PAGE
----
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Switzerland

Employment law overview Switzerland

Introduction

The legal regime governing employment relationships in Switzerland is generally more liberal and favorable towards the employer than in many other European countries. This is partly because labour unions are somehow less influential in Switzerland compared to, for example, labour unions in European Union countries, but also because the unemployment rate traditionally has been and remains relatively low in Switzerland.

According to the principle of freedom of contract, the parties of an employment agreement are free to agree on the content and terms of their agreement to an extent that is substantially greater than in most other European jurisdictions. Swiss employment law, however, does contain some basic mandatory provisions. Most important, are the mandatory provisions aiming to protect the safety and the health of the employee. Public labour protection regulations cover, among other things, working hours and breaks, special protection for young employees, pregnant women and breastfeeding mothers, work-related injury insurance and industrial accident prevention.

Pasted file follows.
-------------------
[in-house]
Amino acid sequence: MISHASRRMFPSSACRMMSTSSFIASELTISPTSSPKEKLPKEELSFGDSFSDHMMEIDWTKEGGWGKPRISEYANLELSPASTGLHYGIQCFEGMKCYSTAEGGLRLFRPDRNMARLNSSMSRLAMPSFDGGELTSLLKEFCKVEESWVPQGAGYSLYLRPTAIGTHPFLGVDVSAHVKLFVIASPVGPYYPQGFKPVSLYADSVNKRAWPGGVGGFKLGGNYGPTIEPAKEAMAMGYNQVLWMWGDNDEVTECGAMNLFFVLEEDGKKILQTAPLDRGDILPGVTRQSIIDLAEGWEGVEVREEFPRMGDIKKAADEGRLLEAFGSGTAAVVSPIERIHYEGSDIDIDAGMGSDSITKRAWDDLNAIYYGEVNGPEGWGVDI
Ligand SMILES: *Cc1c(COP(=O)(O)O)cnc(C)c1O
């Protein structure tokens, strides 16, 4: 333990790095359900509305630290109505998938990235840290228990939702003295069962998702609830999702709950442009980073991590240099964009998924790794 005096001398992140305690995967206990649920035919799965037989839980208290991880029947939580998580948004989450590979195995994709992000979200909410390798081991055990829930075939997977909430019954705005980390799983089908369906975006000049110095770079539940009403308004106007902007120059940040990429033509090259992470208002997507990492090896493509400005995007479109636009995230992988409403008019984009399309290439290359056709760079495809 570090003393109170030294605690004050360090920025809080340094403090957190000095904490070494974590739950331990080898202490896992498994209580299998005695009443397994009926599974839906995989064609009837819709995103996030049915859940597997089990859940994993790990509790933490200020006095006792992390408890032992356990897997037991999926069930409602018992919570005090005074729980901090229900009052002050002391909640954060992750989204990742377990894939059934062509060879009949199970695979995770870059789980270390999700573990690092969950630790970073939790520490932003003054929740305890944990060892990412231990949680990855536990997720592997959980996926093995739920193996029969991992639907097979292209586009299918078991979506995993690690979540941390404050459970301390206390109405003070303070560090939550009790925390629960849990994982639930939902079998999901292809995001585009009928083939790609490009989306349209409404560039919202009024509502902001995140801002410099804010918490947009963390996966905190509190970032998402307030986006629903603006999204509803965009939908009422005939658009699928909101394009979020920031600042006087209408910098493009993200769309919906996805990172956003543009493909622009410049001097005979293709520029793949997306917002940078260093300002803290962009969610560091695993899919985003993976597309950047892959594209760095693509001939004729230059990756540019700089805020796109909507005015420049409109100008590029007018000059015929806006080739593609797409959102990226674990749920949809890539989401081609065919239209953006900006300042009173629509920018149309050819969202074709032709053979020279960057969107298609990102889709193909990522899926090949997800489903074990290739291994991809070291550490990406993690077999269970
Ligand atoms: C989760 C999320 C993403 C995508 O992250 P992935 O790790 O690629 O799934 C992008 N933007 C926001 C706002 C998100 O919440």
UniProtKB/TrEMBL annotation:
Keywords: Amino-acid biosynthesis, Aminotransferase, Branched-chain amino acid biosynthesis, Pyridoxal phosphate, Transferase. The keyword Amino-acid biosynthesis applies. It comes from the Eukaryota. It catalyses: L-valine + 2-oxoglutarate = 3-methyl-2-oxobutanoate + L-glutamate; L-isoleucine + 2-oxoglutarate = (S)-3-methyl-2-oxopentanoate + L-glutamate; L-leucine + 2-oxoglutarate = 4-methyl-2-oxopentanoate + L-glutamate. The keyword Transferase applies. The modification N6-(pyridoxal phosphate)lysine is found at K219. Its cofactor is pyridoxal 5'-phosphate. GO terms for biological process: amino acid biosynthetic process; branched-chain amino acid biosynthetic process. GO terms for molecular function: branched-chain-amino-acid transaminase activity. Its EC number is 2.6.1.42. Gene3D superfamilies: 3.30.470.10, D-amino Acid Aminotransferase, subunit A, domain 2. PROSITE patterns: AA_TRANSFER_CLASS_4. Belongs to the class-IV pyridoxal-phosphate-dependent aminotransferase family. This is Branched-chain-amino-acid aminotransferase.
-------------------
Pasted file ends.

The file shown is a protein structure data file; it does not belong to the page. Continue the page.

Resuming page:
For issues relating to employment law, the provisions of the employment contract should be the first point of reference, taking into account mandatory statutory provisions. If the employment contract is silent on a certain issue, then the non-mandatory statutory provisions apply.

Key Points

  • Switzerland has a dual system for the admission of foreign workers (preferential treatment of EU/EFTA nationals).
  • Every employee has the right to decide whether to join a trade union or not. The unions are financed through the contributions of their members.